[JURIST] The Foreign Intelligence Surveillance Court (FISC) [official website] released a previously classified opinion [text, PDF] on Tuesday explaining why a National Security Agency (NSA) [official website] program to keep records of Americans’ phone calls is constitutional. The opinion, written by US district court judge Claire Eagan [official profile], said that security leaks regarding the NSA surveillance programs [JURIST backgrounder] have jeopardized national security [NYT report]. Eagan also emphasized that the political branches of government, rather than the courts, should make decisions about whether to keep or discontinue the surveillance programs:
This court is mindful that this matter comes before it at a time when unprecedented disclosures have been made about this and other highly sensitive programs designed to obtain foreign intelligence information and carry out counterterrorism investigations. In the wake of these disclosures, whether and to what extent the government seeks to continue the program discussed in this memorandum opinion is a matter for the political branches to decide.
Eagan’s decision was the first written court opinion to be released since the program came to light earlier this year.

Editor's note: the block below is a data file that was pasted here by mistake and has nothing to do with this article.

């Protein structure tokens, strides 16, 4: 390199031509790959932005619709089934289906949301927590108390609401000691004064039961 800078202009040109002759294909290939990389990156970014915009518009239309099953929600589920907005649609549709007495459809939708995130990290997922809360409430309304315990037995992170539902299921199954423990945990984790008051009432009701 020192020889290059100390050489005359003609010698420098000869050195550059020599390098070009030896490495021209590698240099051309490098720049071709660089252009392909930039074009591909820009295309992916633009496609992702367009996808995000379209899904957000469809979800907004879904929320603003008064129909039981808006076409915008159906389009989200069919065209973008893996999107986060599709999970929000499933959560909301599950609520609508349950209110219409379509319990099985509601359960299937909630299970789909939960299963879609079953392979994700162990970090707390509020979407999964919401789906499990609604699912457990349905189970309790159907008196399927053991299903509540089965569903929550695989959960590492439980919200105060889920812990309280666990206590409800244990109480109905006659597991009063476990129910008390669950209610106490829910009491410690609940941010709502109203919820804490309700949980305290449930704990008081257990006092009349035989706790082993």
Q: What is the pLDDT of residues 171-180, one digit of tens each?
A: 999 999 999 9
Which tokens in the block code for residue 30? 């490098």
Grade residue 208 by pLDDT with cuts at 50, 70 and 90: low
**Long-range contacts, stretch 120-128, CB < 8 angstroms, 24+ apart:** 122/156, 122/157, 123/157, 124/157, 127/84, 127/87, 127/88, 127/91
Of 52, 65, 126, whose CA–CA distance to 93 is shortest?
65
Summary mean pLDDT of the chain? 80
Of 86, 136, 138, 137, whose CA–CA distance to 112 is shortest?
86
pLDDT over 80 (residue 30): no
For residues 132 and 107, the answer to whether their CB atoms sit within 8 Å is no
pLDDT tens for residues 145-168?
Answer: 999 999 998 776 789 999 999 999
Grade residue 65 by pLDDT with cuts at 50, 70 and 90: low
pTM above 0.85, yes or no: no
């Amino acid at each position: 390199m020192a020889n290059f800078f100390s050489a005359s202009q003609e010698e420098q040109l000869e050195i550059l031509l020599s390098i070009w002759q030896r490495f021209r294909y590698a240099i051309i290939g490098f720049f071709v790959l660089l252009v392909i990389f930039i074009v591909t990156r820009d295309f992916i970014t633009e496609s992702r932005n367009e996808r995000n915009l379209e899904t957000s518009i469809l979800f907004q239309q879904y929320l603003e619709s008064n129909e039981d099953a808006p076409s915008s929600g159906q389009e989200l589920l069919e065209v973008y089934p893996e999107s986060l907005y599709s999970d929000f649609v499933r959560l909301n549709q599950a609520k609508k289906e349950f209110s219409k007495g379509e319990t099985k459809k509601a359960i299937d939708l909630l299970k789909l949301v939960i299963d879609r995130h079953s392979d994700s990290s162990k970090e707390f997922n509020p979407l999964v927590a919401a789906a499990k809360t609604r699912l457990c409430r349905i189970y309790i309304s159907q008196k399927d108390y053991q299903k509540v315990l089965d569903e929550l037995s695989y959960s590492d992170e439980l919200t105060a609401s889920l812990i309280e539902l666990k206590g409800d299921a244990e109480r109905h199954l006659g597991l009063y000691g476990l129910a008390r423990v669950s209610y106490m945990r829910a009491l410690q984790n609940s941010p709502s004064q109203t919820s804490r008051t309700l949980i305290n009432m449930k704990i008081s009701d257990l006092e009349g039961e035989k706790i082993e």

The revelations surrounding NSA surveillance programs have sparked worldwide debate and controversy. Earlier this week the American Civil Liberties Union (ACLU) [advocacy website] urged the Obama administration [JURIST report] to curb the FBI’s surveillance powers. Last month the Council of Europe [official website] expressed concern [JURIST report] over the UK reaction to the exposure of the US surveillance program. In June the ACLU in conjunction with the New York Civil Liberties Union [advocacy website] filed suit [JURIST report] against the NSA challenging its recently revealed phone data collection. Although the president and top officials have defended the surveillance as a lawful counterterrorism measure, several US lawmakers have called for a review [JURIST report] of the government’s surveillance activity in light of recent reports revealing phone and Internet monitoring. Lawmakers have also called for a criminal investigation into the activities of Edward Snowden, who came forward in early June as the whistleblower in the NSA surveillance scandal [JURIST podcast]. JURIST Guest Columnist Christina Wells argues that the broad provisions of the Espionage Act [text], under which Snowden is charged, raise significant First Amendment concerns [JURIST op-ed].